He told her, and they were happy talking, and forgot how they thought differently on marriage. But always the difference lay there in the background, coiled up like a snake, ready to uncoil and seize them and make them quarrel and hurt one another. Always one was expecting the other at any moment to throw up the sponge and cry “Oh, have it your own way, since you won’t have it mine and I love you.” But neither did. Their wills stood as stiff as two rocks over against one another.
Gerda grew thinner under the strain, and healed more slowly than before. Her fragile, injured body was a battle-ground between her will and her love, and suffered in the conflict. Barry saw that it could not go on. They would, he said, stop talking about it; they would put it in the background and go on as if it were not there, until such time as they could agree. So they became friends again, lovers who lived in the present and looked to no future, and, since better might not be, that had to do for the time.
THAT WHICH REMAINS
Through September Neville had nursed Gerda by day and worked by night. The middle of October, just when they usually moved into town for the winter, she collapsed, had what the doctor called a nervous breakdown.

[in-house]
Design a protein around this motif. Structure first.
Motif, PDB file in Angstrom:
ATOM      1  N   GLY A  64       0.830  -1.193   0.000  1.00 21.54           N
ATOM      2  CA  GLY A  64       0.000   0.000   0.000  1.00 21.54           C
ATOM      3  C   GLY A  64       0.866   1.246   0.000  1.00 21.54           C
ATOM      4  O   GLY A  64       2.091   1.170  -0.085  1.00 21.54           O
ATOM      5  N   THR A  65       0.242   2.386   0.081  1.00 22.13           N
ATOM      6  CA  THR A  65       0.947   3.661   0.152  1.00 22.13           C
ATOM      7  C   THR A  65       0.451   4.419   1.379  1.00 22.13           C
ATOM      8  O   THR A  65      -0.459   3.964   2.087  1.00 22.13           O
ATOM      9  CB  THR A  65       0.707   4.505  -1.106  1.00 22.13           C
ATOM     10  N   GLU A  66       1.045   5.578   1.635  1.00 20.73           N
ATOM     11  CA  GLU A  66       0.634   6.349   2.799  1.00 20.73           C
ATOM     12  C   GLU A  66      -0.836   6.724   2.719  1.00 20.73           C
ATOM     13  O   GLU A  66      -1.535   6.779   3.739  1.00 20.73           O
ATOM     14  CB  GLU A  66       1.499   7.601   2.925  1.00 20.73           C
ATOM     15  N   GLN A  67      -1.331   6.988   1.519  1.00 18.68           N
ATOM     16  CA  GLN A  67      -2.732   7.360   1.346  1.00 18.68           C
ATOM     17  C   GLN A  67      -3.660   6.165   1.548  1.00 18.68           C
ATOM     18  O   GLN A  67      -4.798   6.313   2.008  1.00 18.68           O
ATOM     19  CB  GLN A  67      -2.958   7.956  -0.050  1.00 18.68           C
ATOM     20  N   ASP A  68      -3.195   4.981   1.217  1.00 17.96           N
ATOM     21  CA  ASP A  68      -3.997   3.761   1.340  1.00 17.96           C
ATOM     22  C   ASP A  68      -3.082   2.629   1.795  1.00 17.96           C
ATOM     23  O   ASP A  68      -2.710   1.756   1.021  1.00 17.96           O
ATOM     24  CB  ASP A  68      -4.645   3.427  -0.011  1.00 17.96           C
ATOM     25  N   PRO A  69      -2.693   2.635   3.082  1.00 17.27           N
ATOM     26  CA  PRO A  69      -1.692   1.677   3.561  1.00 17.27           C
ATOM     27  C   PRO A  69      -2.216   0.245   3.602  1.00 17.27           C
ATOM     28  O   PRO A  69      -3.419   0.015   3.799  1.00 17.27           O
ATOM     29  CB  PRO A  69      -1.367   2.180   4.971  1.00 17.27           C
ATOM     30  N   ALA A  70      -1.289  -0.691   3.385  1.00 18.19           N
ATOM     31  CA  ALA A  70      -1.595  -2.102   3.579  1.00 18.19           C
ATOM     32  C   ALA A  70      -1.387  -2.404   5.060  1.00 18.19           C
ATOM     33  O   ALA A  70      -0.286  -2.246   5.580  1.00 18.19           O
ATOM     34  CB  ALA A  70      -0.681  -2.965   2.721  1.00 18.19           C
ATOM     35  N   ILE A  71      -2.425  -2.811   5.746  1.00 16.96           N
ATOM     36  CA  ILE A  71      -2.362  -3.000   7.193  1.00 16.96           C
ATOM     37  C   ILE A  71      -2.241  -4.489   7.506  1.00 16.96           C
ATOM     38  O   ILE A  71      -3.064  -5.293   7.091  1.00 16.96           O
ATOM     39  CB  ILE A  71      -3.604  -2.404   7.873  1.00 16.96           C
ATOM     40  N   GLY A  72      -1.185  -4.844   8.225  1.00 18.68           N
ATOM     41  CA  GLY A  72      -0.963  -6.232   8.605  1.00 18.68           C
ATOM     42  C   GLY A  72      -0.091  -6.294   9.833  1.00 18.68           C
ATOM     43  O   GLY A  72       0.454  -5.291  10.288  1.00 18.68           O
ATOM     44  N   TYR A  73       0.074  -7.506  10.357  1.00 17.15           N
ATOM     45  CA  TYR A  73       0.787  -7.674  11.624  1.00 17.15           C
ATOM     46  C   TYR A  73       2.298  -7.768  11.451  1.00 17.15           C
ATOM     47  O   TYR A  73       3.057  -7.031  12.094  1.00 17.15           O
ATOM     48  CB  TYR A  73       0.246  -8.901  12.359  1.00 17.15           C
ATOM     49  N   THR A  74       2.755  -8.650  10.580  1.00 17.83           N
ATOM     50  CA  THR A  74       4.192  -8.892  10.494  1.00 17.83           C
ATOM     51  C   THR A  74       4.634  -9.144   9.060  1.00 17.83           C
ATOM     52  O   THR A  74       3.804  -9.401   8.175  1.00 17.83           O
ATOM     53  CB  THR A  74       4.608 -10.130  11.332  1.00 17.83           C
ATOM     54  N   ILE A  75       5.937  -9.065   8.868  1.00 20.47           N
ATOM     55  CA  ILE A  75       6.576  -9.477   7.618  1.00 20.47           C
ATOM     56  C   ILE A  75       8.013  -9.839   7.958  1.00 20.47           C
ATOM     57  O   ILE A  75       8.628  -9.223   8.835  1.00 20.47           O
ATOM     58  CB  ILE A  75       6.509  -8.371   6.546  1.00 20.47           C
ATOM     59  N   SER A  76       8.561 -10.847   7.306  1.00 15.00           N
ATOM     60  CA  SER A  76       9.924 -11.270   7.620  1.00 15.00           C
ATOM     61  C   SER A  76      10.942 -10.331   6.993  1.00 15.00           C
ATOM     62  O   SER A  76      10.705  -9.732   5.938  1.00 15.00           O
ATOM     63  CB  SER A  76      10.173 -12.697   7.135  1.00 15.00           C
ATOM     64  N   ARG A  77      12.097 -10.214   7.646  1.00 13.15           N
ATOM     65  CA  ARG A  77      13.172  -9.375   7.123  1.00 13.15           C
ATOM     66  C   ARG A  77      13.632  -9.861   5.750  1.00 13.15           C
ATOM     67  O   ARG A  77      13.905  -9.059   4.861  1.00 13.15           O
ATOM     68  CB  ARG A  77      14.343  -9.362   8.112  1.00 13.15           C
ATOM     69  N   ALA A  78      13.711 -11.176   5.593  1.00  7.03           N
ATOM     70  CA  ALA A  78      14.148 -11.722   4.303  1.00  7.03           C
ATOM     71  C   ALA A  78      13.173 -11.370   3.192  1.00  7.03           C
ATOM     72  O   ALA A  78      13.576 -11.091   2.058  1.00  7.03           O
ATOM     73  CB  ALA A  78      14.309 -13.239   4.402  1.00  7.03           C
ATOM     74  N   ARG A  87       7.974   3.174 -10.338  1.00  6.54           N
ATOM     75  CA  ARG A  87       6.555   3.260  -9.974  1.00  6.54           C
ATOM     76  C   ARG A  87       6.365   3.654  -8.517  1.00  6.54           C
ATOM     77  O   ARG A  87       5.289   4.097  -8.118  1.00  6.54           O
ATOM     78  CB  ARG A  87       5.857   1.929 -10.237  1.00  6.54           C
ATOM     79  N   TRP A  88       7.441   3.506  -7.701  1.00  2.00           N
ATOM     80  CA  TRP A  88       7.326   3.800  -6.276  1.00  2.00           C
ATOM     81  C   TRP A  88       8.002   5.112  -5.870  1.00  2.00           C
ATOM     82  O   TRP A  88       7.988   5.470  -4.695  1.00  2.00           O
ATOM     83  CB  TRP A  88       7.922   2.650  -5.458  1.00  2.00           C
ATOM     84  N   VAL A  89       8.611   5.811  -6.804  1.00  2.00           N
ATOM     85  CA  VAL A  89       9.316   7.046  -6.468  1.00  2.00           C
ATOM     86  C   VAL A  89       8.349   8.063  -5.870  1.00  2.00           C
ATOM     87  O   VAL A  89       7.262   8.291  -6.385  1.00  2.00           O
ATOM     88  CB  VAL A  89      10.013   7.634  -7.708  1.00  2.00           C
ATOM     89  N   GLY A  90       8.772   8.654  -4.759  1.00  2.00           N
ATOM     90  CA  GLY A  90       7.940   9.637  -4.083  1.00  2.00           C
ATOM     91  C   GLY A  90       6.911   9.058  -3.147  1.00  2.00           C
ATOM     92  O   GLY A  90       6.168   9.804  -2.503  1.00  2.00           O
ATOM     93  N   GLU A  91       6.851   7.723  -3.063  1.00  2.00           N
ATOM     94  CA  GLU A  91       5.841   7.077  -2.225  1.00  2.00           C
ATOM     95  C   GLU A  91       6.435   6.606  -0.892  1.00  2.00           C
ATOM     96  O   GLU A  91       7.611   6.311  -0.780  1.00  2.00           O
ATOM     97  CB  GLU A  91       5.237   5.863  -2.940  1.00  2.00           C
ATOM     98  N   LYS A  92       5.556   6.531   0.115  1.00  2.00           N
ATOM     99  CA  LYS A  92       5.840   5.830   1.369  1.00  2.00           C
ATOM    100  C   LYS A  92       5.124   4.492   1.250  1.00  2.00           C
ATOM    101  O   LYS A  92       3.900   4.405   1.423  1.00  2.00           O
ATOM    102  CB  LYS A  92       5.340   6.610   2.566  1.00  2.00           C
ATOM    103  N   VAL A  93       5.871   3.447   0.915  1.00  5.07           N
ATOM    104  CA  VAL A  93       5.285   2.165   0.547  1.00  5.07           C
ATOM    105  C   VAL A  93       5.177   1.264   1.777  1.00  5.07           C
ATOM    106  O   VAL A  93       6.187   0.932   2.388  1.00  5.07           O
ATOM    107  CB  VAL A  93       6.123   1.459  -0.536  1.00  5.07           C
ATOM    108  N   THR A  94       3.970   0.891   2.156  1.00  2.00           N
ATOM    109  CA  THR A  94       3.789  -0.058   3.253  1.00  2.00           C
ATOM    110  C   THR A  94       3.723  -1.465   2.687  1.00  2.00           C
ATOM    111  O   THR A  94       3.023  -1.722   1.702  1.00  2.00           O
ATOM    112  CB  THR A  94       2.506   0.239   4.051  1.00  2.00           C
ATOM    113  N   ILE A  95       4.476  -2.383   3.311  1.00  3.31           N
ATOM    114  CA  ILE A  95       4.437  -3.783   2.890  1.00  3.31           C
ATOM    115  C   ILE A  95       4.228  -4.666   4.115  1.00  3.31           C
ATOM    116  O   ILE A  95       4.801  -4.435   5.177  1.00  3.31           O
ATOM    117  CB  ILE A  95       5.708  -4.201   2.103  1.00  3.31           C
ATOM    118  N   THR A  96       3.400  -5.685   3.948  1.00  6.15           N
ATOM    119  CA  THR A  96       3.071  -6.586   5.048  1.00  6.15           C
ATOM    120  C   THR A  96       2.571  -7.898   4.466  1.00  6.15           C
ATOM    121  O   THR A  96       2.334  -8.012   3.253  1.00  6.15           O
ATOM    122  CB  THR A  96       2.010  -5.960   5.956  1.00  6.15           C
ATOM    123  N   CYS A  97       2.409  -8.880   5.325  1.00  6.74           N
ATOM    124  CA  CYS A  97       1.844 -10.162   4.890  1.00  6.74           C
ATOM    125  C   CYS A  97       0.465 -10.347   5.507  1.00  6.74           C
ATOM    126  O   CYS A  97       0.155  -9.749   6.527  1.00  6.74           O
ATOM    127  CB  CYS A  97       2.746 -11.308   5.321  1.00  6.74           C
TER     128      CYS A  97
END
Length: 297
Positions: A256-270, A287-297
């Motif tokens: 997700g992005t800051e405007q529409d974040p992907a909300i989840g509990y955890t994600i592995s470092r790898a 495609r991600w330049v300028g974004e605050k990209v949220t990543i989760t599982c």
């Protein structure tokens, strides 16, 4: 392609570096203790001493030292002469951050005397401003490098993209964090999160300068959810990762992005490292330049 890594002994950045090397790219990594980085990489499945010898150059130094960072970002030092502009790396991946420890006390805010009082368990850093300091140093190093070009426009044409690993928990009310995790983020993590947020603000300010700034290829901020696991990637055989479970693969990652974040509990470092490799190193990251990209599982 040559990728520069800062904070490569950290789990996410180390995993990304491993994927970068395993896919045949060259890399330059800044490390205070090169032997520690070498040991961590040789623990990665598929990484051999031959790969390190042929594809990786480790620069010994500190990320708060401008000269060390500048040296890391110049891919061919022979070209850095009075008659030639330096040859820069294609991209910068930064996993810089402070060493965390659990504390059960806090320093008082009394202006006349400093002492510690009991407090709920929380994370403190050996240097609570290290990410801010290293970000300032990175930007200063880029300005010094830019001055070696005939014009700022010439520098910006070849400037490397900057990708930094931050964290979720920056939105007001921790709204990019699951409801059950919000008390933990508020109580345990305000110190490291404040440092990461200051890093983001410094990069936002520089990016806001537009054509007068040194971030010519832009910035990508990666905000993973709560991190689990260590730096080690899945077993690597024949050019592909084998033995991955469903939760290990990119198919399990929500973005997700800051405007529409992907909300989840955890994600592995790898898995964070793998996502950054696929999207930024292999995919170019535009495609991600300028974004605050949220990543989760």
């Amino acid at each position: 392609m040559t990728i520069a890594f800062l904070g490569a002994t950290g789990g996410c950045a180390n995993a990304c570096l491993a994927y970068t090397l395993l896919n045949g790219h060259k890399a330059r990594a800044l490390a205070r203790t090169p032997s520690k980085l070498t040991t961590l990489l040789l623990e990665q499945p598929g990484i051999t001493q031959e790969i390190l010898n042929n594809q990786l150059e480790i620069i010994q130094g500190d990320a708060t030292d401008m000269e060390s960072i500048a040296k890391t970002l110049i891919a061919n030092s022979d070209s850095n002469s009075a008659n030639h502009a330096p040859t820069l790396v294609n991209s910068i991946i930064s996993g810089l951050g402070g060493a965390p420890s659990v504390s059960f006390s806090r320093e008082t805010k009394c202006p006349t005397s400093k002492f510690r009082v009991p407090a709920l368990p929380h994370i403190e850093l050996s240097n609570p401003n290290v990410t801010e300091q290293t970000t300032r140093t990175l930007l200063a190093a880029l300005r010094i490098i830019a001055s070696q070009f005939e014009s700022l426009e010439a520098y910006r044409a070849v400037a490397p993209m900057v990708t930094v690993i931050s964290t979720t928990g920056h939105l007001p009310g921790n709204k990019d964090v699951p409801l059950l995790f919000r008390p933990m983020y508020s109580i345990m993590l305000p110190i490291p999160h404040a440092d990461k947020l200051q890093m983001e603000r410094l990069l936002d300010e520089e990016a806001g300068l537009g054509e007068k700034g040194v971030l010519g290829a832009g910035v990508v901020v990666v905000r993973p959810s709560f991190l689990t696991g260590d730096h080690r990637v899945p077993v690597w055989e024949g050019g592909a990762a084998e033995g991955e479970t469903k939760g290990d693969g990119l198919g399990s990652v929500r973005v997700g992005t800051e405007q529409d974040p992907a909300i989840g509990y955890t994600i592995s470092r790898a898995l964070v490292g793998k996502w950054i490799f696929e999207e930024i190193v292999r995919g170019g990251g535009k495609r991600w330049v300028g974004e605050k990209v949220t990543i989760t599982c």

“You’ve been overworking,” he told her. “You’re not strong enough in these days to stand hard brain-work. You must give it up.”
For a fortnight she lay tired and passive, surrendered and inert, caring for nothing but to give up and lie still and drink hot milk. Then she struggled up and mooned about the house and garden, and cried weakly from time to time, and felt depressed and bored, and as if life were over and she were at the bottom of the sea.
“This must be what mother feels,” she thought. “Poor mother.... I’m like her; I’ve had my life, and I’m too stupid to work, and I can only cry.... Men must work and women must weep.... I never knew before that that was true.... I mustn’t see mother just now, it would be the last straw ... like the skeletons people used to look at to warn themselves what they would come to.... Poor mother ... and poor me.... But mother’s getting better now she’s being analysed. That wouldn’t help me at all. I analyse myself too much already.... And I was so happy a few months ago. What a dreadful end to a good ambition. I shall never work again, I suppose, in any way that counts. So that’s that.... Why do I want to work and to do something? Other wives and mothers don’t.... Or do they, only they don’t know it, because they don’t analyse? I believe they do, lots of them. Or is it only my horrible egotism and vanity, that can’t take a back seat quietly? I was always like that, I know. Nan and I and Gilbert. Not Jim so much, and not Pamela at all. But Rodney’s worse than I am; he wouldn’t want to be counted out, put on the shelf, in the forties;